Dean's Corner

Meet Jeff Braden, dean of NC State’s College of Humanities and Social Sciences. 

He’s a psychology professor who’s called upon nationally and internationally for his expertise in how school systems can best assess students with special needs. He’s been a certified sign language interpreter, and he’s the only dean we know of who’s worked with – and been bitten by – a chimp. He is a bit of a technology geek – he loves exploring new tech devices. He relishes nothing more than sharing a good joke. And he’s the biggest booster around for NC State’s College of Humanities and Social Sciences. 

Dean Jeff Braden has been a professor of psychology at NC State since 2003. He directed the university’s School Psychology Program from 2004 to 2007, when he became the college’s associate dean for research and graduate studies. He was named dean in 2008.

Humanities and Social Sciences are not just relevant to solving the problems of the 21st century; they are essential.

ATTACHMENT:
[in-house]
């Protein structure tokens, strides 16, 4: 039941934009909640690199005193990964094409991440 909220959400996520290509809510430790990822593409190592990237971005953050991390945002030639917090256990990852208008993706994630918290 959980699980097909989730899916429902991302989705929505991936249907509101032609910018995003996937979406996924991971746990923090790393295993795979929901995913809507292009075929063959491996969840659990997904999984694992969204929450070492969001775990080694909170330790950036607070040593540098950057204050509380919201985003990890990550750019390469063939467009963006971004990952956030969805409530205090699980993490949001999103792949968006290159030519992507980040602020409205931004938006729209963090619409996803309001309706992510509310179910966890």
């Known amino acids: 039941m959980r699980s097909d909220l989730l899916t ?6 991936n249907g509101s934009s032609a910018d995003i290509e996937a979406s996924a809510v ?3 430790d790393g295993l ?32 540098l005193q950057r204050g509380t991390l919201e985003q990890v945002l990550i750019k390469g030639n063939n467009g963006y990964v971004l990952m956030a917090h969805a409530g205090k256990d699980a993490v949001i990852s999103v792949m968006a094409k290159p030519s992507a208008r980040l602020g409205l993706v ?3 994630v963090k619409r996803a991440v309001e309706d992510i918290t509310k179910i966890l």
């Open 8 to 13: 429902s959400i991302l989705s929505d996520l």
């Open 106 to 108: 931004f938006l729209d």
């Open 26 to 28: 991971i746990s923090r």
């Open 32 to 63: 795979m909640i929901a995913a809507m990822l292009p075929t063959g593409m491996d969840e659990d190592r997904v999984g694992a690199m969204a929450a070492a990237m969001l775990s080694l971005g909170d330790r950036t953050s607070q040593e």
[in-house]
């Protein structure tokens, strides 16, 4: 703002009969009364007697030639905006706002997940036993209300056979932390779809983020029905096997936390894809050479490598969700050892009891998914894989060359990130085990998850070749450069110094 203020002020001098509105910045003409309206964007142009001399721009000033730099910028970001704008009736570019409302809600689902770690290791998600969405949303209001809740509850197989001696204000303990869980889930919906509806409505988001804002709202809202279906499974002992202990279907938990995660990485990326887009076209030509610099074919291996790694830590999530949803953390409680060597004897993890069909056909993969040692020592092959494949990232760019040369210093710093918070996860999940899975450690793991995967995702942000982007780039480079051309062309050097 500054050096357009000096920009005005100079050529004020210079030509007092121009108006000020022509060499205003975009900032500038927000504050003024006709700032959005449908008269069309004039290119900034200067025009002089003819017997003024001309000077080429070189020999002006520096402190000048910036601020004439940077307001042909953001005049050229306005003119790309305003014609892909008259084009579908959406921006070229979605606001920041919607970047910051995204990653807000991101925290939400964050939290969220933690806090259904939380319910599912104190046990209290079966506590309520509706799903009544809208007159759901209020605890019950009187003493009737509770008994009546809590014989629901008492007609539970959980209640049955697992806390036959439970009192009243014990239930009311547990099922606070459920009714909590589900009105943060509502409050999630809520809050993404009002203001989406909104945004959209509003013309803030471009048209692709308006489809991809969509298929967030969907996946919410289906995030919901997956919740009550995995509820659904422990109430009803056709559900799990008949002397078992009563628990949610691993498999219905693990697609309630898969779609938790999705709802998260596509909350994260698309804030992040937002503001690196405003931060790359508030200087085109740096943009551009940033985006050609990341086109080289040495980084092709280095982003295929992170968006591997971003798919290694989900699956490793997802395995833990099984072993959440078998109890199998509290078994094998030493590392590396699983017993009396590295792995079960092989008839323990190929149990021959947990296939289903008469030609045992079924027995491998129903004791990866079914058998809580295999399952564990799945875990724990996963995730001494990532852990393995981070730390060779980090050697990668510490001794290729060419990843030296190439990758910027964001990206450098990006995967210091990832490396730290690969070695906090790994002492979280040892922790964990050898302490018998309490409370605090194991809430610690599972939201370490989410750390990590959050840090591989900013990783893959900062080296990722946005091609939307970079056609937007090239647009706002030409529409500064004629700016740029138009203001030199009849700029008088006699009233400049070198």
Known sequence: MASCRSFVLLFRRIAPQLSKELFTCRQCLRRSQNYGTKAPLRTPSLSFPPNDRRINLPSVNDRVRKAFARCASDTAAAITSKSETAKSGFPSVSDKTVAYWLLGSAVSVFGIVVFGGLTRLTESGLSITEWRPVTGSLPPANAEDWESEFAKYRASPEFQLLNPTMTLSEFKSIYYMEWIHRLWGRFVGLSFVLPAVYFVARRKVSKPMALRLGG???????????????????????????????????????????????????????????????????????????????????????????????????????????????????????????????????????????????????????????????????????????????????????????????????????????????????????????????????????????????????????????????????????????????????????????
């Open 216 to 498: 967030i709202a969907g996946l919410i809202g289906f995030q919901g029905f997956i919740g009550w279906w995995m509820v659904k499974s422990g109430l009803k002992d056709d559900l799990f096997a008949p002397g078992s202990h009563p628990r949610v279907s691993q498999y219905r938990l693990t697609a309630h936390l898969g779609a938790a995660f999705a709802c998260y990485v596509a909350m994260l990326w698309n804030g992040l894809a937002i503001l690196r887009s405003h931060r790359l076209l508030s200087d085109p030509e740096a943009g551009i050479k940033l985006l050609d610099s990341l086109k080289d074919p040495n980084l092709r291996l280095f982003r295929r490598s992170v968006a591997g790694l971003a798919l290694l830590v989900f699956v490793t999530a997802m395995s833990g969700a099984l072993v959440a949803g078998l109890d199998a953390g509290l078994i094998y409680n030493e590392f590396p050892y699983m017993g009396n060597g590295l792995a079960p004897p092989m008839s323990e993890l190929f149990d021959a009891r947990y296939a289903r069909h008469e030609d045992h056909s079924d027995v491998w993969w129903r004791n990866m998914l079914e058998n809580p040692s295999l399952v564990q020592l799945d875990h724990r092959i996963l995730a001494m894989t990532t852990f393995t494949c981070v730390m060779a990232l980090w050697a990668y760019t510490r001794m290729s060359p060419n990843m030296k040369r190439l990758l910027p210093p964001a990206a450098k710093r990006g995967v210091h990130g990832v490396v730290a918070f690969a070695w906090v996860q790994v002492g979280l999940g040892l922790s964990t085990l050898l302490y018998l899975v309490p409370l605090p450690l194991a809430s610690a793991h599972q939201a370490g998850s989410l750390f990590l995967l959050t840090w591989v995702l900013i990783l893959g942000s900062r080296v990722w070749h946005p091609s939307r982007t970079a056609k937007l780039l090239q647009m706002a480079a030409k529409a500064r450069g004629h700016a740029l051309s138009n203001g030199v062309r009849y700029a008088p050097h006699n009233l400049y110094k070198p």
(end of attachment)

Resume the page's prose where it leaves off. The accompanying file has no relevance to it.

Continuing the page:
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Before he came to NC State, Dean Braden taught and directed school psychology programs at the University of Wisconsin-Madison, San Jose State University and the University of Florida. He holds graduate degrees from the University of California, Berkeley, Gallaudet University and Beloit College.

Braden has chaired the American Psychological Association’s Committee on Psychological Tests and Assessments, worked with the Research Institute for Secondary Education Reform for youth with disabilities, and conducted international research on how best to conduct educational assessments. Recently, he won an award from the Bill and Melinda Gates Foundation to conduct a randomized trial to compare an online, adaptive learning version of introductory psychology to traditional instruction.


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The dean firmly believes that the humanities and social sciences are not merely important in the 21st century; he says they’re critical. “The problems we now face – economic, social, environmental, military, and international issues – cannot be solved without understanding and changing the way people think and the way people act,” he says. “The humanities capture the way people understand the world and their place in it. The social sciences address the way people interact within their social and physical contexts. Both are essential.”